Previously: Rush(ing) || Body angle || Pick drill || Suspension || Skying the blade || Quarter feather || Pin || Run || Lunge || Washing Out || Missing water || Footboard || Check || Ratio || Over compression || Release
What part of the stroke/stroke cycle does it refer to
Cut the cake occurs on the recovery and targets the finish through bodies over part of the stroke.
What does it mean/refer to
“Cut the cake” is a drill that focuses on swing and body prep and emphasizes getting the hands out of bow at the same speed together in order to maximize the amount of run you’re getting on the recovery.
There are several versions of this drill but in the normal one you begin by taking a normal stroke and then on the subsequent recovery you pivot forward with the bodies, swing back to the finish (drawing the arms all the way through), and then swing forward again and come up to the catch. That swinging motion when the bodies pivot back and forth is the actual “cut the cake” part (although I really have no idea why it’s called that).
The two main themes/calls that I base a lot of what I’m saying around are “pivot” and “stretch”. Pivot has to do with the swinging part of the drill, where you’re going from the finish position to bodies over, and I make calls relating to that because I want the rowers to be conscious of pivoting, swinging, etc. from their hips and not reaching or lunging from their low backs. The stretch call also relates to the bodies over position because when you’re sitting up and pivoting from your hips, you should feel just the slightest stretch in your hamstrings. (Obviously flexibility plays a big part in this … the less flexible you are the sooner you’ll feel that tug as you swing forward.)
Outside of those two calls, I’ll make calls as necessary to even out the speed of the drill if it looks like they’re rushing through the cut the cake part, as well as reminders to hold the knees down and/or break them together as they start the slides.
What to look for
You can see what the drill looks like in the videos below.
One of the things that makes cut the cake complicated and/or not fun is how easy it is to screw up the timing. It’s easy to think that this happens on the recovery when you’re swinging back and forth but it more often happens as a result of people driving at different speeds, which then causes them to finish at different times and then have to rush through the cut the cake part to catch up with everyone else. So, if you find that the timing is off, focus first on getting the finishes together before moving on to trying to match up the hands, bodies, etc.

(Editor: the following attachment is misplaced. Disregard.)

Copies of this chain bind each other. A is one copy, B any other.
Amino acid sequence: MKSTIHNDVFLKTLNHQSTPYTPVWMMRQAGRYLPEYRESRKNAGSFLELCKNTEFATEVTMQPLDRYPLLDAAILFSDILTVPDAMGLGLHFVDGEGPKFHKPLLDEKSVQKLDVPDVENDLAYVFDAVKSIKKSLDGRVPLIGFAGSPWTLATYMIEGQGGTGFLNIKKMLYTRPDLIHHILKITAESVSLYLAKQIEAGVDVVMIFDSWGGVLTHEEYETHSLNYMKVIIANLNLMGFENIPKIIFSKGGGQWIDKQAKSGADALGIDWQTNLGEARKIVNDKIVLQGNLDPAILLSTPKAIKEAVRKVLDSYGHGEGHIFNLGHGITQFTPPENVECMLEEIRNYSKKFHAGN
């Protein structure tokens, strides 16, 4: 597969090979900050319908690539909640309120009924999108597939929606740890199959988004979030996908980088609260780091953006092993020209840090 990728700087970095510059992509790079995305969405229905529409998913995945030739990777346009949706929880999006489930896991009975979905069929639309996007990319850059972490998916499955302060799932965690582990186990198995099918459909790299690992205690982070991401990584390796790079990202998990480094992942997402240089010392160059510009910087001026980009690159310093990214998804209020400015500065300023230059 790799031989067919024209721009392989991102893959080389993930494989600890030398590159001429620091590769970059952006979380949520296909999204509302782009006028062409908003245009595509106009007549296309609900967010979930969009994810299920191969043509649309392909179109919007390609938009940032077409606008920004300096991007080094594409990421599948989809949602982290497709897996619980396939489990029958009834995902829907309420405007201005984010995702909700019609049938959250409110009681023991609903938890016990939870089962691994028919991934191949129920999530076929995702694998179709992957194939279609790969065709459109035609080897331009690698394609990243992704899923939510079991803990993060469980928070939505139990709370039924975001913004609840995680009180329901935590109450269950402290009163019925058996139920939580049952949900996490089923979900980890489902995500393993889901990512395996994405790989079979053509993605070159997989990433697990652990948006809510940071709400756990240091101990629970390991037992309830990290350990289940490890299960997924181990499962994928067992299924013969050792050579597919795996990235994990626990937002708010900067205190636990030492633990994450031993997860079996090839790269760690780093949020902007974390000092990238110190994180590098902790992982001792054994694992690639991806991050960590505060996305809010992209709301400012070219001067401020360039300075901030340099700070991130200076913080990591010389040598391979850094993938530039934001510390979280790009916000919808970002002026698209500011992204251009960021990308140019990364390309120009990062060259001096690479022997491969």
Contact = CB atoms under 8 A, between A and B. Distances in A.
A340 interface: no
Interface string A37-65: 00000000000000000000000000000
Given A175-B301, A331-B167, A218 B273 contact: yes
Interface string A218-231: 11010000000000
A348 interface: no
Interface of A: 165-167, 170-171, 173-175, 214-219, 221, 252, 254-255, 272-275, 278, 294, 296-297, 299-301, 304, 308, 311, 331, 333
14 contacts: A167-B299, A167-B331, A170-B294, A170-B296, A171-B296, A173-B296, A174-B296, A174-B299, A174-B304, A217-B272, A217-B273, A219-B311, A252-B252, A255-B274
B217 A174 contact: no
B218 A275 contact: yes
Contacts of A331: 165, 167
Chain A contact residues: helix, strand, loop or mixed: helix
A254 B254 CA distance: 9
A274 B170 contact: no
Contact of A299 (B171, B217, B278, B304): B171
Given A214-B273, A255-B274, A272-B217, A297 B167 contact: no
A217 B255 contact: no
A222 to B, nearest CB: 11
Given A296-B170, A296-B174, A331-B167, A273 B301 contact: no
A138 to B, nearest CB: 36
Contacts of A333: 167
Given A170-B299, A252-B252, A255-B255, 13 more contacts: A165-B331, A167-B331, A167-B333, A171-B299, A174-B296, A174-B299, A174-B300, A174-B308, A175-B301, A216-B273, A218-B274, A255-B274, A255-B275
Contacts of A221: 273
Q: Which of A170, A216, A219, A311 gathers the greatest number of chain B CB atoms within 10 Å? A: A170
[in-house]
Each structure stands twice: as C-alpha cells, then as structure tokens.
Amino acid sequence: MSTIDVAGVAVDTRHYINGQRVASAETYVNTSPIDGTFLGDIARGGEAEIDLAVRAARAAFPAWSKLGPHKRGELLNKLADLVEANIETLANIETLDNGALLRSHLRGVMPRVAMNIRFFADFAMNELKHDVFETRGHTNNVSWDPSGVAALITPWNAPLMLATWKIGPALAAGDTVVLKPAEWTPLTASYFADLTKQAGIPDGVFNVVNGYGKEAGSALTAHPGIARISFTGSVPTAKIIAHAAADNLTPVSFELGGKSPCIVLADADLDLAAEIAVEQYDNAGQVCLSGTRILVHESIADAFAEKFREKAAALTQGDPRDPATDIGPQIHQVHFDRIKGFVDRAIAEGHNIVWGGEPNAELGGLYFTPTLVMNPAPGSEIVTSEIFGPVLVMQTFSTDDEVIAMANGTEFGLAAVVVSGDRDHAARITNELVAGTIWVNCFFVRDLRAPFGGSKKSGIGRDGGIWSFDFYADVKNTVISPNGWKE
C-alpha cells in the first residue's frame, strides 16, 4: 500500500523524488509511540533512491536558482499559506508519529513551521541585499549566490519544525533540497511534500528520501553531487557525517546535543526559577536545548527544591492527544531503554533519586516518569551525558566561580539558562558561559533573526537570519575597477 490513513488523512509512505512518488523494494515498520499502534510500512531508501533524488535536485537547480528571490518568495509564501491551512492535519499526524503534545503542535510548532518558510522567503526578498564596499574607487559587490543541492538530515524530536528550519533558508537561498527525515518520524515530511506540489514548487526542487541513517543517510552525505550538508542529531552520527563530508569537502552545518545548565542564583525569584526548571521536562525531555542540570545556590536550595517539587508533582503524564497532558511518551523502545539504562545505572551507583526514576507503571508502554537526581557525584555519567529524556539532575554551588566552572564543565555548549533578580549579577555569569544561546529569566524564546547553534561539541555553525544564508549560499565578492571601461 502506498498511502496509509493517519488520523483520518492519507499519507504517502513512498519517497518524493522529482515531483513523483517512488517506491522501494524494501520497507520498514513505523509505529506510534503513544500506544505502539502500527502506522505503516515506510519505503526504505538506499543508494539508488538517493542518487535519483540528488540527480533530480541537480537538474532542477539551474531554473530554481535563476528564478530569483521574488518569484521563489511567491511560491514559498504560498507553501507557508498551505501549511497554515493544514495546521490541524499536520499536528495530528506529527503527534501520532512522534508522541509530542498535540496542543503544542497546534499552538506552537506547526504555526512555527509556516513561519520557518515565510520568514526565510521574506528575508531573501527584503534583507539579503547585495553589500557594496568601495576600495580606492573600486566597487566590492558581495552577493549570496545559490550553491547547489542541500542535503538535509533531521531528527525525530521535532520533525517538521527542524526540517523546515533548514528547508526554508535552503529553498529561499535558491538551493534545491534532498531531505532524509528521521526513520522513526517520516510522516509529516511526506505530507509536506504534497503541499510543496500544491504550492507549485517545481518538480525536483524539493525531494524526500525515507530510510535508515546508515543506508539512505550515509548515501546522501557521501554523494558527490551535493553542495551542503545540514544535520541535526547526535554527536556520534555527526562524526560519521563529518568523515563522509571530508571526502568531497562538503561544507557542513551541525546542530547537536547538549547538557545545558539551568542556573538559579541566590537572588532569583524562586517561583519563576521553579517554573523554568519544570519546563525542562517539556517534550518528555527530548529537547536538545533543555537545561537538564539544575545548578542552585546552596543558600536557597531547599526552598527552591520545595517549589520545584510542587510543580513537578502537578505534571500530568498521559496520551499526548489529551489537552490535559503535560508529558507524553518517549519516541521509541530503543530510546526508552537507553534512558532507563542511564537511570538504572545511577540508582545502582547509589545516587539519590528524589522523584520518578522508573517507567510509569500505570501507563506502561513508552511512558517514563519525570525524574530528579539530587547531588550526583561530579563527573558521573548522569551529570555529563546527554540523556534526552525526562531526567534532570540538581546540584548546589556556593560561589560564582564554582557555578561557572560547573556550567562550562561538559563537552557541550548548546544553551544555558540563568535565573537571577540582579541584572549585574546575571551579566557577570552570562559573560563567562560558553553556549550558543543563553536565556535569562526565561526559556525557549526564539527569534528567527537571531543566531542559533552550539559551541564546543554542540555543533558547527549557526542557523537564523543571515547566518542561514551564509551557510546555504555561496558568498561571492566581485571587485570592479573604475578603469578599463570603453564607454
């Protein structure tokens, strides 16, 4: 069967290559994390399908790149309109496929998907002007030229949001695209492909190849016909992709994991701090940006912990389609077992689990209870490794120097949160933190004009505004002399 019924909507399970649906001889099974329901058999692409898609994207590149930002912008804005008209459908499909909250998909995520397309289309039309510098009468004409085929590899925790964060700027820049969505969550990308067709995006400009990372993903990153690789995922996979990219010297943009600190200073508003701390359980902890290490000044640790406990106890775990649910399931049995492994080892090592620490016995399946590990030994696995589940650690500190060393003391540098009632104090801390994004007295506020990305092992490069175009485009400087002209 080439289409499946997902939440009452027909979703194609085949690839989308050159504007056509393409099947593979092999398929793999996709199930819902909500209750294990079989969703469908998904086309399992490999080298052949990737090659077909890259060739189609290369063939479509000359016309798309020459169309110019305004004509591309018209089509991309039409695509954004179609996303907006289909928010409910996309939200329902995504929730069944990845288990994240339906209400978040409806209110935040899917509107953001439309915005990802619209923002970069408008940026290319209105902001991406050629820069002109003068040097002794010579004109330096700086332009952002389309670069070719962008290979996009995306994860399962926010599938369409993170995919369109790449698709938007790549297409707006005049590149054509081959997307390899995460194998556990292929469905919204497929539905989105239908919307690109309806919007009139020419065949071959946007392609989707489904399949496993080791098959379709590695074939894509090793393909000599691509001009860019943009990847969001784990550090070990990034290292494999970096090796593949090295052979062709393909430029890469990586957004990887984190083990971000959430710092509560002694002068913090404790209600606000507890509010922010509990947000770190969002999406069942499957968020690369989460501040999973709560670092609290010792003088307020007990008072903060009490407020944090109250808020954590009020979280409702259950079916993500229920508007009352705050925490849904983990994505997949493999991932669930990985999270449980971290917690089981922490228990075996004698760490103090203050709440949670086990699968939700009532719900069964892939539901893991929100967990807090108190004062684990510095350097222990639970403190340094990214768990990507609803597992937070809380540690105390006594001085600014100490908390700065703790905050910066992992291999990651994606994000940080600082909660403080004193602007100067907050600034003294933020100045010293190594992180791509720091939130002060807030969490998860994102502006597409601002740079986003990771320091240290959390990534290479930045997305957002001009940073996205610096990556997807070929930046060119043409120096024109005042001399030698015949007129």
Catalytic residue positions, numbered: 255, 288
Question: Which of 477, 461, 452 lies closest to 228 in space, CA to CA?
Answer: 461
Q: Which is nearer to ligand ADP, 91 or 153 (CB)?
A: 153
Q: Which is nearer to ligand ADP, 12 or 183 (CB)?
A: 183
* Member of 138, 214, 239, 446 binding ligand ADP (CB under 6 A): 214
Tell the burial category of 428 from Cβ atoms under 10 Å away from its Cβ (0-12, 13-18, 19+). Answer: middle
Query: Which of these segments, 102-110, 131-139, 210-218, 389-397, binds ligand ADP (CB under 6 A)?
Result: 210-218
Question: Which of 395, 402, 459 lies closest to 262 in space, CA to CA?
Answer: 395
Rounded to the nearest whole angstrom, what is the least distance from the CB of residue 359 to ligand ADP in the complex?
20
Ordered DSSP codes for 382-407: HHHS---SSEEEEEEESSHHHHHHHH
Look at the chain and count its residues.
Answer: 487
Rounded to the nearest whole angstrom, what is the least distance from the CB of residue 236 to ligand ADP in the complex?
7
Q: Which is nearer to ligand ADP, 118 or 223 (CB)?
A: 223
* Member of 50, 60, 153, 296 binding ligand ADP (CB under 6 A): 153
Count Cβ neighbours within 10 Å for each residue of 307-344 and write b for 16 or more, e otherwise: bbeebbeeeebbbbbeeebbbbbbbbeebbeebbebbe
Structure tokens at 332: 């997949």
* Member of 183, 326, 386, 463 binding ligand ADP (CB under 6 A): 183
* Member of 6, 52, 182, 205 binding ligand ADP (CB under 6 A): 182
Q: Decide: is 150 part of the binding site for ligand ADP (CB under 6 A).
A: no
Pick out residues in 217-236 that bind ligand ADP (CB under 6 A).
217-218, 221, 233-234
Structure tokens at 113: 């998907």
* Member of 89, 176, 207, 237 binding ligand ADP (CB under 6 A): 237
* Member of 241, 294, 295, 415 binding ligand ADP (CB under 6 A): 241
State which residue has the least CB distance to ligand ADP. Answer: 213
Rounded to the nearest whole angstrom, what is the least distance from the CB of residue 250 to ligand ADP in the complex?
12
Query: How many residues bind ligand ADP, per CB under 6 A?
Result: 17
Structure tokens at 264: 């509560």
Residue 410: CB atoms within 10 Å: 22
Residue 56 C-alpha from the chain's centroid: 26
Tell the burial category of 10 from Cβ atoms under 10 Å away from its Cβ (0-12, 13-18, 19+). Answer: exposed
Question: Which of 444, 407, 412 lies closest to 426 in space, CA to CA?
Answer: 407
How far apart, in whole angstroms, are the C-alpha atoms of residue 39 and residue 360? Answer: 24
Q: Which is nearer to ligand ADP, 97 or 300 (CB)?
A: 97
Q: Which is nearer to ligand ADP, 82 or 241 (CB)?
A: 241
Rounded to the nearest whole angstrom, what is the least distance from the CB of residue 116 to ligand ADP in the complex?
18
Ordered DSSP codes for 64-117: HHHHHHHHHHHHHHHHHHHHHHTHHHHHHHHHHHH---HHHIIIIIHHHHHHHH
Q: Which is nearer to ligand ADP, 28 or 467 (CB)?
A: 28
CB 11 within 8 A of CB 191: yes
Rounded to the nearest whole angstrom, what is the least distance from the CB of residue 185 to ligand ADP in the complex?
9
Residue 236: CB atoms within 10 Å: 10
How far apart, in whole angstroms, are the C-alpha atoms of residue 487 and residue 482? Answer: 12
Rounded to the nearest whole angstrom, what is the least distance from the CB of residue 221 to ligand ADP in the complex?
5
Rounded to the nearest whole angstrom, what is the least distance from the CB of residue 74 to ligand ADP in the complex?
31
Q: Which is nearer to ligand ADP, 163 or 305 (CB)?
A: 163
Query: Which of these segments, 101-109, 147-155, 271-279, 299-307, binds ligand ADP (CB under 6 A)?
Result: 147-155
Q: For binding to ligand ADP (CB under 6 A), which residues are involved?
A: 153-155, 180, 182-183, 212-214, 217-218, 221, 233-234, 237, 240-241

Another thing to watch for is the speed at which the rowers move through cut the cake. It should be a natural speed that matches the speed at which they’re driving and recovering … it shouldn’t be a steady speed through the drive, fly through cut the cake, and then slowly proceed up to the catch.
Effect(s) on the boat
Cut the cake touches on a lot of different things like balance, swing, body prep, rhythm, etc. but the timing of the hands coming away at the finish is arguably one of the more important aspects of the drill. If you consciously go through the drill instead of just going through the motions then this can really help the timing on the recovery by getting everyone moving together and at a steady speed, which in turn allows the boat to run out further between strokes (thus increasing the efficiency of each stroke).
I haven’t talked about this drill much on here so there aren’t any related posts or QOTDs to share but below is a video that shows a variation of cut the cake called “rusties” (it’s literally the same exact drill with a pause at the finish and bodies over instead of a continuous flow between the two) that we occasionally do as part of our warmup.
To see all the posts in this series, check out the “top 20 terms” tag.